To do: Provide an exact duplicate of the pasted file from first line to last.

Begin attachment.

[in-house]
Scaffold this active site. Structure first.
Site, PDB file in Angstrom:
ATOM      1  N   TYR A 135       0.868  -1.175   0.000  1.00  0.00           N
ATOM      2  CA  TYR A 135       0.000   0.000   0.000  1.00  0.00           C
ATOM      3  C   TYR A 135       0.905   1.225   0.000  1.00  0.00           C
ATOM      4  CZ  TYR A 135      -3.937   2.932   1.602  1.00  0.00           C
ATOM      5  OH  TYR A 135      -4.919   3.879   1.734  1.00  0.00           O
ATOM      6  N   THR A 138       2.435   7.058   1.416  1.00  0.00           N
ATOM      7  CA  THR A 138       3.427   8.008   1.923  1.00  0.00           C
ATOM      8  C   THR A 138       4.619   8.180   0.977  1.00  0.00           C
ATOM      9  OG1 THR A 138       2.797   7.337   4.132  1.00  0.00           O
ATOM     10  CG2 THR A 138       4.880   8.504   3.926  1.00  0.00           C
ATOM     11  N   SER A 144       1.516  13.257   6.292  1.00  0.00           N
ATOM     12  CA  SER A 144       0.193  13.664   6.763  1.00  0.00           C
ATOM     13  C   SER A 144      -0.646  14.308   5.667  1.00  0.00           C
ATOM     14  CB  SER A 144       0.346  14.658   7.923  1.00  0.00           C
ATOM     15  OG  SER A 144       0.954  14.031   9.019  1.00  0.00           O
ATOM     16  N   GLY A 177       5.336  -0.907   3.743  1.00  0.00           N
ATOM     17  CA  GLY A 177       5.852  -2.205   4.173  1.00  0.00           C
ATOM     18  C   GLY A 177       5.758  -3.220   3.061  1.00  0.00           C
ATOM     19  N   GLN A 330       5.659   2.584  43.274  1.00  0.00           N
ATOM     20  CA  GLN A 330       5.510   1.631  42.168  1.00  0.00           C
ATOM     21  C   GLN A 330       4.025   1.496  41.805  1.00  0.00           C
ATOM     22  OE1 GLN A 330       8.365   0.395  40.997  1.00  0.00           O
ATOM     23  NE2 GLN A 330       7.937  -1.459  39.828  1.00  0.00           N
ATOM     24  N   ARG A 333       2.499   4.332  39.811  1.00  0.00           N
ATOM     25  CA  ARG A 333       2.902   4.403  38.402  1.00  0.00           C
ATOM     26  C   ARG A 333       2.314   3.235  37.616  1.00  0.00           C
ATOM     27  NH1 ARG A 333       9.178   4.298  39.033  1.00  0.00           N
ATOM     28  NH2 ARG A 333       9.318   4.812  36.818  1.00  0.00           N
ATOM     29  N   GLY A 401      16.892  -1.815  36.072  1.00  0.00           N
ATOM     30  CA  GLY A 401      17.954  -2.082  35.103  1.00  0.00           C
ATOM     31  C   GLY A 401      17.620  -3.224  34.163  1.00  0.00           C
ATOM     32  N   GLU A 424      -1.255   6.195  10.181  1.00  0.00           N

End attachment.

[in-house]
Scaffold this active site. Structure first.
Site, PDB file in Angstrom:
ATOM      1  N   TYR A 135       0.868  -1.175   0.000  1.00  0.00           N
ATOM      2  CA  TYR A 135       0.000   0.000   0.000  1.00  0.00           C
ATOM      3  C   TYR A 135       0.905   1.225   0.000  1.00  0.00           C
ATOM      4  CZ  TYR A 135      -3.937   2.932   1.602  1.00  0.00           C
ATOM      5  OH  TYR A 135      -4.919   3.879   1.734  1.00  0.00           O
ATOM      6  N   THR A 138       2.435   7.058   1.416  1.00  0.00           N
ATOM      7  CA  THR A 138       3.427   8.008   1.923  1.00  0.00           C
ATOM      8  C   THR A 138       4.619   8.180   0.977  1.00  0.00           C
ATOM      9  OG1 THR A 138       2.797   7.337   4.132  1.00  0.00           O
ATOM     10  CG2 THR A 138       4.880   8.504   3.926  1.00  0.00           C
ATOM     11  N   SER A 144       1.516  13.257   6.292  1.00  0.00           N
ATOM     12  CA  SER A 144       0.193  13.664   6.763  1.00  0.00           C
ATOM     13  C   SER A 144      -0.646  14.308   5.667  1.00  0.00           C
ATOM     14  CB  SER A 144       0.346  14.658   7.923  1.00  0.00           C
ATOM     15  OG  SER A 144       0.954  14.031   9.019  1.00  0.00           O
ATOM     16  N   GLY A 177       5.336  -0.907   3.743  1.00  0.00           N
ATOM     17  CA  GLY A 177       5.852  -2.205   4.173  1.00  0.00           C
ATOM     18  C   GLY A 177       5.758  -3.220   3.061  1.00  0.00           C
ATOM     19  N   GLN A 330       5.659   2.584  43.274  1.00  0.00           N
ATOM     20  CA  GLN A 330       5.510   1.631  42.168  1.00  0.00           C
ATOM     21  C   GLN A 330       4.025   1.496  41.805  1.00  0.00           C
ATOM     22  OE1 GLN A 330       8.365   0.395  40.997  1.00  0.00           O
ATOM     23  NE2 GLN A 330       7.937  -1.459  39.828  1.00  0.00           N
ATOM     24  N   ARG A 333       2.499   4.332  39.811  1.00  0.00           N
ATOM     25  CA  ARG A 333       2.902   4.403  38.402  1.00  0.00           C
ATOM     26  C   ARG A 333       2.314   3.235  37.616  1.00  0.00           C
ATOM     27  NH1 ARG A 333       9.178   4.298  39.033  1.00  0.00           N
ATOM     28  NH2 ARG A 333       9.318   4.812  36.818  1.00  0.00           N
ATOM     29  N   GLY A 401      16.892  -1.815  36.072  1.00  0.00           N
ATOM     30  CA  GLY A 401      17.954  -2.082  35.103  1.00  0.00           C
ATOM     31  C   GLY A 401      17.620  -3.224  34.163  1.00  0.00           C
ATOM     32  N   GLU A 424      -1.255   6.195  10.181  1.00  0.00           N